The Real Deal Miami

Economy puts long odds on casino construction

By Mike Seemuth | April 20, 2009 03:19PM

Miami Dade casino development plans — and the new construction they would entail — remain unresolved as a high-stakes legal tussle continues between the Seminole Indian tribe and state-licensed operators of horse tracks, greyhound tracks and jai alai frontons.
 
The operator of Flagler Greyhound Track in Miami, for example, recently completed demolition of a 40,000-square-foot theatre for simulcast dog races to make way for a new casino facility to house 700 video slot machines, but local operators say their expansion plans face rough odds.
 
Flagler and other pari-mutuel gambling facilities — places where bettors wager against each other, usually on races or games — in Miami-Dade County are permitted to install up to 2,000 slot machines each. Miami-Dade voters approved a local referendum to permit slot machines at pari-mutuels in January 2008. Voters in neighboring Broward County did so in 2005.
 
But making those additions pay off “all depends on how the [Florida] Legislature acts,” said Izzy Havenick, vice president of a family-owned company headed by his mother that runs Flagler Greyhound Track.
 
Havenick said pari-mutuel operators need legislative relief from “untaxed competition” that Seminole-owned casinos pose and from an “onerous” 50 percent state tax on slot-machine receipts.
 
The Seminole Tribe of Florida has emerged as a dominant player in South Florida’s gaming industry and has ambitious plans to enlarge its casino business. If the Florida Legislature ratifies the tribe’s far-reaching agreement, or “compact,” with the state government, the Seminoles plan to expand their 130,000-square-foot casino at the Seminole Hard Rock Casino & Hotel in Hollywood and other casino facilities around the state. It would be much needed construction at a time when that pillar of the state economy has crumbled, but critics say it tilts the odds against non-tribal gambling.
 
Signed in 2007 by Gov. Charlie Crist, the compact between the state and the Seminoles would give the tribe the exclusive right to offer blackjack games in card rooms, among other concessions, in exchange for a share of casino revenues. In July 2008, the Florida Supreme Court ruled that the compact will have no force of law unless the Florida Legislature ratifies it. However, the tribe continues to offer blackjack at casinos in Hollywood and elsewhere.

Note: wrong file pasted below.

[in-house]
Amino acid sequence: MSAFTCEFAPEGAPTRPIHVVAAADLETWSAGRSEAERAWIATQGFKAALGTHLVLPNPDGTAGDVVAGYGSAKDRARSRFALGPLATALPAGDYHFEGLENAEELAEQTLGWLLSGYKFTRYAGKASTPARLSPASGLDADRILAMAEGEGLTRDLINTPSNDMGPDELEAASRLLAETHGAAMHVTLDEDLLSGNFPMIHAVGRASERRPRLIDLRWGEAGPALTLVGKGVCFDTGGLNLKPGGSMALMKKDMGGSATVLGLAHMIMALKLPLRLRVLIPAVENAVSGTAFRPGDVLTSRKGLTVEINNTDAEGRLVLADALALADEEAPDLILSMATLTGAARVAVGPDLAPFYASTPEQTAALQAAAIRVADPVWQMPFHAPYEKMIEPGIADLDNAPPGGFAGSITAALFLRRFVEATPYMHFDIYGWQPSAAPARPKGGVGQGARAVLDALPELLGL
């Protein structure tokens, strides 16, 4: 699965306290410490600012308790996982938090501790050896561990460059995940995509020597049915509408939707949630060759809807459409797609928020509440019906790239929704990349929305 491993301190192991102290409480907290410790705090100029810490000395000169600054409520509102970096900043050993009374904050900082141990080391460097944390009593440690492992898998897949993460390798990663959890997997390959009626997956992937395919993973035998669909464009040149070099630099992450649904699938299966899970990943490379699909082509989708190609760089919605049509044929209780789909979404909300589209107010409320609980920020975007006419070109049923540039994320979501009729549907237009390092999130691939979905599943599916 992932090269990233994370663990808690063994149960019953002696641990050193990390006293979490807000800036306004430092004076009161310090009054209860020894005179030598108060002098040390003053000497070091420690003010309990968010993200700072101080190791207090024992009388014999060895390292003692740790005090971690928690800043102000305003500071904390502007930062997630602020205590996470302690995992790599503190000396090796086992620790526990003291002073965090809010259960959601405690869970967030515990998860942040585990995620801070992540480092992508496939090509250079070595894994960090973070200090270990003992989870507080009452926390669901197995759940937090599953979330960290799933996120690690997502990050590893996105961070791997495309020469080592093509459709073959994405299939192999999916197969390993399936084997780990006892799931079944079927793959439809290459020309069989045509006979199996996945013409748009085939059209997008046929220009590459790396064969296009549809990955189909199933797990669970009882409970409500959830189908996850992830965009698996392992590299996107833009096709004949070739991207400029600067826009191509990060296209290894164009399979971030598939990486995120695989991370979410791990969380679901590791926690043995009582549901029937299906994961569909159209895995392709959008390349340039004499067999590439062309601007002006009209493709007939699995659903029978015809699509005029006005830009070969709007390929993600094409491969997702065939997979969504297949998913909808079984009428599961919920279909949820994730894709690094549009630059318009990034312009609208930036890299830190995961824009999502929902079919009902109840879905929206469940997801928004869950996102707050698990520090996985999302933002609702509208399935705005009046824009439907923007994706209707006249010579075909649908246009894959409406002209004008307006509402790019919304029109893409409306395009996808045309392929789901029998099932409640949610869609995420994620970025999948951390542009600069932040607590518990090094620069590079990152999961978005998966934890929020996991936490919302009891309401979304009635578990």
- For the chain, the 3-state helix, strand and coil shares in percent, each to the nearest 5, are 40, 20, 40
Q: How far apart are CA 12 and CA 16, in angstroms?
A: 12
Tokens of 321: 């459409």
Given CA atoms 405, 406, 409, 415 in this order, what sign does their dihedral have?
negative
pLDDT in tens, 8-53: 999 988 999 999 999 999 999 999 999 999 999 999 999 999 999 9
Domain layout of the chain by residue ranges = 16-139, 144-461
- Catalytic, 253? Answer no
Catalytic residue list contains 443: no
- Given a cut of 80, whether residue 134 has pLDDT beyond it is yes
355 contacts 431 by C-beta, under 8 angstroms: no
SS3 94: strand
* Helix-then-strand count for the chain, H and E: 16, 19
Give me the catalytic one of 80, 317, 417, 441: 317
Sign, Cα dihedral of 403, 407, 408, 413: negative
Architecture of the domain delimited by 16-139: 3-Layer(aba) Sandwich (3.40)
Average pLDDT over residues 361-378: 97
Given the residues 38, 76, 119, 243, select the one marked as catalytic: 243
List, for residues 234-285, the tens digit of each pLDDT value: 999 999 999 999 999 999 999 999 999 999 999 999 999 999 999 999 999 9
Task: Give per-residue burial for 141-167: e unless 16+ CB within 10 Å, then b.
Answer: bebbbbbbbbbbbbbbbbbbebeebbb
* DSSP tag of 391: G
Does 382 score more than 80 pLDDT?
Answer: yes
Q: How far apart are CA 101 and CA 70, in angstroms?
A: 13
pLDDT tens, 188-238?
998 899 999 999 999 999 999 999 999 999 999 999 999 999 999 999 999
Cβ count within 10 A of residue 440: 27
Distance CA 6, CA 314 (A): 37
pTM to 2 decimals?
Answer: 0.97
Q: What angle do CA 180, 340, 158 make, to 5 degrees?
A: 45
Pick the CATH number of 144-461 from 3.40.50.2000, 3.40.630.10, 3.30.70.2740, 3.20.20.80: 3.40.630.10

With less than three weeks remaining in their current session, state legislators are still debating Seminole compact ratification and companion measures, such as a slot-machine tax reduction, to help pari-mutuels compete more effectively. 
 
The Senate and House of the Florida Legislature have taken divergent approaches to the issue, but they may reach a compromise in conference committee before the current legislative session concludes at the end of this month, said Sarah Bascom, spokeswoman for the South Florida Gaming Coalition, an advocacy group backed by pari-mutuel operators.
 
Casino facility development at pari-mutuels may get a regulatory lift this month, Bascom said, but “everything is contingent on where we go from here” with legislation.
 
Diversification is a common driving force at pari-mutuels that plan to add slot machines. Florida Gaming Corp., the owner of Miami Jai Alai, plans to modify a section of the 180,000-square-foot fronton to install an undetermined number of slot machines. Daniel Licciardi, general manager of Miami Jai Alai, said the redevelopment probably would be completed in the first half of next year. “It adds another form of entertainment,” he said. “Our goal is to have a full-fledged entertainment destination.”
 
But the economy may not cooperate. Consider the cautious outlook at Churchill Downs Inc. The Louisville, Kentucky-based company still plans to add new gambling options at Calder Race Track, its thoroughbred horse racing facility in northwest Miami-Dade County.
 
The company is preparing to build a single-level casino at Calder that would span 100,000 square feet or more and house an undetermined number of slot machines. Construction would be completed sometime next year, said Tom O’Donnell, president and general manager of Calder.
 
“Our slot casino development is still on schedule,” O’Donnell said. But he also warned that the economic recession could become an obstacle: “The economy is driving everything right now.”